5th Grade at Cambridge: Renaissance, Rebirth, and Reformation
When did people begin studying and writing about the events of time?
When did they become curious about God’s story—even though they didn’t always call it by that name?
As they enter 5th grade, students read the books Herodotus and The Road to History and Traveling Man, The Journey of Ibn Battuta (1325-1354). Herodotus was a Greek, and the first person we know of who began to write down his observations of people, customs, and the places they lived.
Ibn Battuta, who lived hundreds of years after Herodotus, was an explorer from Tangier, Morocco. He too wrote down what he learned about people, customs, and places.
Following their study of the Middle Ages in 4th grade, 5th graders move into the next time in history, from the early 1300s through the late 1600s. This time period is called by people who write about history, the Renaissance - meaning, “rebirth.”
The idea of “rebirth” might make us think that we are only looking at the past and things that are reviving, or being reborn. Rebirth of old things is certainly a big part of the Renaissance period.
However, this time was also a time of discovering new things which would lead to the future. It was a period of intense exploration and a time of intense observation.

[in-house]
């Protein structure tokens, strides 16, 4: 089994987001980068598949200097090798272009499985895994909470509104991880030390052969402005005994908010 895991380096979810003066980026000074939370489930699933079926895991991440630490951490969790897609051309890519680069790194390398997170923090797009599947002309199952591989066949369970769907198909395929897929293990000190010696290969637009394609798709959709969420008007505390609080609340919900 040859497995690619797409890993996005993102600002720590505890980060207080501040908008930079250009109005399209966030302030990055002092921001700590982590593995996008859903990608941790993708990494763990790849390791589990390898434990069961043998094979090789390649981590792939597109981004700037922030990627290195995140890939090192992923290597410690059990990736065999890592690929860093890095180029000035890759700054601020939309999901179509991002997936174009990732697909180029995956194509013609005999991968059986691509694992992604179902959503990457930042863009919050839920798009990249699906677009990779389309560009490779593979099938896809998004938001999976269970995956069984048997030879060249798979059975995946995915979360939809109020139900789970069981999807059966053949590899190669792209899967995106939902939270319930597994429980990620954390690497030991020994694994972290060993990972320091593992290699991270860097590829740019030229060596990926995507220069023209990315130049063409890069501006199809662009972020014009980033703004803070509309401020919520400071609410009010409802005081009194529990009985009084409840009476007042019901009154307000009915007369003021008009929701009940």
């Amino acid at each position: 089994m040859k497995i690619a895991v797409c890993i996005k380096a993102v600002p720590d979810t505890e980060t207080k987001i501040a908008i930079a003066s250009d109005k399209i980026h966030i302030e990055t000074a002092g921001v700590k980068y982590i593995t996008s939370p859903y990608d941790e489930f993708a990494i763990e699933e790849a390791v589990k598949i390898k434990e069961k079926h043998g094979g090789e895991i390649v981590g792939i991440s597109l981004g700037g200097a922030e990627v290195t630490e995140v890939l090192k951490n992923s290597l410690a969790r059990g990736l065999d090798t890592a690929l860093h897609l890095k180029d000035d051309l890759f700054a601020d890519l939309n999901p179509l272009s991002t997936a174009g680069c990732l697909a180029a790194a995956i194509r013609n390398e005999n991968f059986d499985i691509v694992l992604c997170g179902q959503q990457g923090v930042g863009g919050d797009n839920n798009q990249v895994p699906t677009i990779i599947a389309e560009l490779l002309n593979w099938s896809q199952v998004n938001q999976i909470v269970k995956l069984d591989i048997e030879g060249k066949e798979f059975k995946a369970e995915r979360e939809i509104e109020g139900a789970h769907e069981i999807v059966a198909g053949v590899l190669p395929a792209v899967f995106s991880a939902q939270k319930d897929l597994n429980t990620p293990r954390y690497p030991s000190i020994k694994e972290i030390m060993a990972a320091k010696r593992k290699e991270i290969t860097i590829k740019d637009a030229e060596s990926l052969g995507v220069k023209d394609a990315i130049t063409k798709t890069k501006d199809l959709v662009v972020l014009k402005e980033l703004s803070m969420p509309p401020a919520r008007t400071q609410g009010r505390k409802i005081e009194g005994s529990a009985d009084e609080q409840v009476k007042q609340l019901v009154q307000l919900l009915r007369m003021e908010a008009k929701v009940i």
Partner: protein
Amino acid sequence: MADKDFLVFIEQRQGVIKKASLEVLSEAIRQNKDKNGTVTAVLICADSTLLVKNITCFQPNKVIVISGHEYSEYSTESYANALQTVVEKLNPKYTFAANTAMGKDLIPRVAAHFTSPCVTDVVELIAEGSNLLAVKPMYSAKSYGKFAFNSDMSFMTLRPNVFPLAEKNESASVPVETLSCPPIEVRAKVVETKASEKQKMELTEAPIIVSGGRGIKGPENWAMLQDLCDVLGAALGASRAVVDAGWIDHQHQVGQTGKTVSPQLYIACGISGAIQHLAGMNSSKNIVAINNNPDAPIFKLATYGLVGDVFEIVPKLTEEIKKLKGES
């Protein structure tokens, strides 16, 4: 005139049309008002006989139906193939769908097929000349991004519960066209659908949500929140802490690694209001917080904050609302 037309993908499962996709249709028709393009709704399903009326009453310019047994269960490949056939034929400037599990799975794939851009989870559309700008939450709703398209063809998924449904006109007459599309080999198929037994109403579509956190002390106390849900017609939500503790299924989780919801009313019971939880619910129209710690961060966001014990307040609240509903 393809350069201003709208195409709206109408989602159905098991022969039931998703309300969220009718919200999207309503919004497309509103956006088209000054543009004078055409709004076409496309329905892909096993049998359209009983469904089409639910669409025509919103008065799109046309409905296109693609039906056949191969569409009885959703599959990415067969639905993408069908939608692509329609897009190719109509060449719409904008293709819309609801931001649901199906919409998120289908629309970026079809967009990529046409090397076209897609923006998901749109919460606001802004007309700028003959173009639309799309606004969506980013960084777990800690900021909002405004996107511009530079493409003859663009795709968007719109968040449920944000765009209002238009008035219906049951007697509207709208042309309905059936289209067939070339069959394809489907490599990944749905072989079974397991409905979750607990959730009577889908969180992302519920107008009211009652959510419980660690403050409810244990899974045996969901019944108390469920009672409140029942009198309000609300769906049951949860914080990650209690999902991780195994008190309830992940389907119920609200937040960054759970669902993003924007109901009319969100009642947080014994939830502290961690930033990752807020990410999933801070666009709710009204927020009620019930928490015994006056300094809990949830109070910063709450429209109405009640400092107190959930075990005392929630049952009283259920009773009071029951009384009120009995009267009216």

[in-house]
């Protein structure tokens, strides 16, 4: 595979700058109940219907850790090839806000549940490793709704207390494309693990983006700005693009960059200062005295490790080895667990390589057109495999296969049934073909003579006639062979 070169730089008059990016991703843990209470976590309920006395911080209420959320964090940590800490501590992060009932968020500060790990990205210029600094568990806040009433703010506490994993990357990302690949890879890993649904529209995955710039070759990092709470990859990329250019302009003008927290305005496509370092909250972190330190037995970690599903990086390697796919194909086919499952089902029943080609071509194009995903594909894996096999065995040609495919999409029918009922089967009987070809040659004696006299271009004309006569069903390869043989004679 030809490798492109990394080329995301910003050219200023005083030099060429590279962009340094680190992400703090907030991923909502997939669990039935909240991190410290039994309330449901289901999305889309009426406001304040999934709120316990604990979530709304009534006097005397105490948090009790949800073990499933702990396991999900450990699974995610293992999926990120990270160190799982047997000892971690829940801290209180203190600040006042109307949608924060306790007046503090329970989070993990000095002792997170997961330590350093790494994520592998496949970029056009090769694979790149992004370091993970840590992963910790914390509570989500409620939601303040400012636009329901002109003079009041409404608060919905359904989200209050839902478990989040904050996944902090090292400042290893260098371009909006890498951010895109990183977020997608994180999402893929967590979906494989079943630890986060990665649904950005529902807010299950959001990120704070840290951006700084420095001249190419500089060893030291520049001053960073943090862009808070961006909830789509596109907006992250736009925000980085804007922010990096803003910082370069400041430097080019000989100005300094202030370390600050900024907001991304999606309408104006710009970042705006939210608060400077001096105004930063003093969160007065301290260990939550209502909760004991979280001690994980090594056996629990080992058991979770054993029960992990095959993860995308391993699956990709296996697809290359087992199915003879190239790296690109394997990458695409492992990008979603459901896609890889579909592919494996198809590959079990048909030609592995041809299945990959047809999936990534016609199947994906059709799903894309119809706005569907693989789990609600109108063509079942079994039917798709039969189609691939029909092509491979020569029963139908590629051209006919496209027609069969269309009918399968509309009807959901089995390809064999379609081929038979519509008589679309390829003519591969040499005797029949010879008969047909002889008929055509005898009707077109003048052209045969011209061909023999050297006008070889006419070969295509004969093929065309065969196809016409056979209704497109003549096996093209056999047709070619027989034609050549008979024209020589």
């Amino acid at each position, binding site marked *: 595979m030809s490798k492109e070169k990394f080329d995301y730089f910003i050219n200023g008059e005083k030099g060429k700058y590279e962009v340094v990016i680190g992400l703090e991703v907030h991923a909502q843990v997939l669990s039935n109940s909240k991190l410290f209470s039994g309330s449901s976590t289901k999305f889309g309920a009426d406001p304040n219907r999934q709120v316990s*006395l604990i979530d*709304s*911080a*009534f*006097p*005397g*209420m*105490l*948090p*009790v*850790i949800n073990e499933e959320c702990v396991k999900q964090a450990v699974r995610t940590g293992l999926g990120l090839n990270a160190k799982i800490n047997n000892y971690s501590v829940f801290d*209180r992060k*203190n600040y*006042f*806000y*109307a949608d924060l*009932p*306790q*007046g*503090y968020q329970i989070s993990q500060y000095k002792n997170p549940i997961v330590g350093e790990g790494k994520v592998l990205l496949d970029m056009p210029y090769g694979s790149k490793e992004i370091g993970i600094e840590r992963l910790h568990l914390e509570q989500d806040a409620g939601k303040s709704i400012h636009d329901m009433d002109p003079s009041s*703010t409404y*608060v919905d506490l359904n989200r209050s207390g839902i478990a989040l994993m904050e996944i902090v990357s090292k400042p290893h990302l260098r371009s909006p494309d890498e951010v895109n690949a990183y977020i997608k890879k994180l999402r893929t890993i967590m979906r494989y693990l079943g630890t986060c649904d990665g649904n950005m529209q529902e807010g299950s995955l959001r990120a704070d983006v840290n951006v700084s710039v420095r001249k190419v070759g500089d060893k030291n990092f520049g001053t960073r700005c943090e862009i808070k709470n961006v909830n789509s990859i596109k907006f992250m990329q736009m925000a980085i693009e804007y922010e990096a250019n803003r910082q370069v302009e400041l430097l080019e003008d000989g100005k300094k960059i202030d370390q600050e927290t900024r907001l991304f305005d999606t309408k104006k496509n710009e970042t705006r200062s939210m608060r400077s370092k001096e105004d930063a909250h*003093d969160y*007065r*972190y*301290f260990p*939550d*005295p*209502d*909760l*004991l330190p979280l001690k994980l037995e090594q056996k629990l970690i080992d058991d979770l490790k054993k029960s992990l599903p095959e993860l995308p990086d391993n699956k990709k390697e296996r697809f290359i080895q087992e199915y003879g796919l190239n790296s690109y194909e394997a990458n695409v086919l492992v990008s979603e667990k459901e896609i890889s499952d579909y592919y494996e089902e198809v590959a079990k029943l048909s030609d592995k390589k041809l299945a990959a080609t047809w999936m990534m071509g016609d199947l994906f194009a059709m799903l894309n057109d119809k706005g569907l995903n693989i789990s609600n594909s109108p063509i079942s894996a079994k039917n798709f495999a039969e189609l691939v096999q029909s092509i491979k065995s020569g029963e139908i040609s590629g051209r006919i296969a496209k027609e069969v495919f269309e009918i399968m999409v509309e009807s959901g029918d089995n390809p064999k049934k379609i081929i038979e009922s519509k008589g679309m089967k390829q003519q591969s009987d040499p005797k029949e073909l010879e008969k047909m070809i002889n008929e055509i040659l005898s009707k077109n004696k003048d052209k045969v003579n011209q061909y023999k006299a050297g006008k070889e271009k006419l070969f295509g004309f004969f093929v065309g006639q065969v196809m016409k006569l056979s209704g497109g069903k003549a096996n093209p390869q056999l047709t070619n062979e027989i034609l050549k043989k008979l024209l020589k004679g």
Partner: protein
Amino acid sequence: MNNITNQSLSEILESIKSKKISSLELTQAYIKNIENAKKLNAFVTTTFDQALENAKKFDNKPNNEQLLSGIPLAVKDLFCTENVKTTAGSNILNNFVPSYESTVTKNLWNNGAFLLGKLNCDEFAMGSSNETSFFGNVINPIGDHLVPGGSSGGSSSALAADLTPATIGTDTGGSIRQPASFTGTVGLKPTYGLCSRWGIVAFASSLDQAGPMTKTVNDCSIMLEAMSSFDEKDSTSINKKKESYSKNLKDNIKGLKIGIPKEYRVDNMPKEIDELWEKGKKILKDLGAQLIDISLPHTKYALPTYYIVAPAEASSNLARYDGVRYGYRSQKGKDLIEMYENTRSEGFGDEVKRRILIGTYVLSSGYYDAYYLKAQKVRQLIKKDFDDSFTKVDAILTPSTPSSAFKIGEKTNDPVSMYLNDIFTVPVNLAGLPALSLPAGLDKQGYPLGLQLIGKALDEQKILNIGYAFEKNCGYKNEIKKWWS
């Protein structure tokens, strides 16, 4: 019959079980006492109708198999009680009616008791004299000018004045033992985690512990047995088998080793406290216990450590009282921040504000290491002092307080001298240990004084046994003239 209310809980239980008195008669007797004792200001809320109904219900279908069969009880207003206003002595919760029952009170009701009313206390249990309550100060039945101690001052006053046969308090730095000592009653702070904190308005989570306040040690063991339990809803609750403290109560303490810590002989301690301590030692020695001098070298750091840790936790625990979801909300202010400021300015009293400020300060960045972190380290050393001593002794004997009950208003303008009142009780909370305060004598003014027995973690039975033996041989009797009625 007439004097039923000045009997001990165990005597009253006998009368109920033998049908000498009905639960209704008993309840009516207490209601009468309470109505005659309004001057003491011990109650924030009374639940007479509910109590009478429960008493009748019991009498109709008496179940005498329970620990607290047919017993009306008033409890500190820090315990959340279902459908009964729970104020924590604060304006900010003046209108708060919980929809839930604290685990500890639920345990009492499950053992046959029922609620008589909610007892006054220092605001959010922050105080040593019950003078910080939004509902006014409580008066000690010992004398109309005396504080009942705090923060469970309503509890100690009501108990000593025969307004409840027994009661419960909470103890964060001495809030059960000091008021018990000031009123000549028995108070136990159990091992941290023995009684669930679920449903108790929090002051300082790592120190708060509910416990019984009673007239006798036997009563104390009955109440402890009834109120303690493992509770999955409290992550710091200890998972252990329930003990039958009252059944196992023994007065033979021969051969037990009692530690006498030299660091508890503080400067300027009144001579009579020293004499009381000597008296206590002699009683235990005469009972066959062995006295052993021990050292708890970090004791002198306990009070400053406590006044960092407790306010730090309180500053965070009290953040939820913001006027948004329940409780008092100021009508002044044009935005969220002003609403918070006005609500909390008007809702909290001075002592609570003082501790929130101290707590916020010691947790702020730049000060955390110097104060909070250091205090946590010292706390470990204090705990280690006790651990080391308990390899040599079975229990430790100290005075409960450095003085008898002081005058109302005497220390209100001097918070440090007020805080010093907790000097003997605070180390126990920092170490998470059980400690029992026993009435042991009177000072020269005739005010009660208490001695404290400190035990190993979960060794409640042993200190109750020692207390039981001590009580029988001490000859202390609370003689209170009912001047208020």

And these are two important characteristics of study in 5th grade: exploration and observation.
We study, report on, and even “become” great explorers like Amerigo Vespucci, Marco Polo, and Bartolomeu Dias. Our studies lead us to explore the ancient cultures to which the western explorers went: Ancient China, Ancient Africa, and Ancient Latin America. Students develop a better understanding of the arts, literature, religions, and cultures in existence prior to those of Western Europe.
We learn about simple machines and create them ourselves. We travel to art museums and perform nature and environmental studies in the area. Each unit of study includes student projects and presentations.
We read Shakespeare and round out our year and study of the Renaissance with an Elizabethan Evening. We will promenade. We will process. We will perform a Shakespearean play.
We prepare our hearts and minds for the next chapter in history - Colonization and the New World.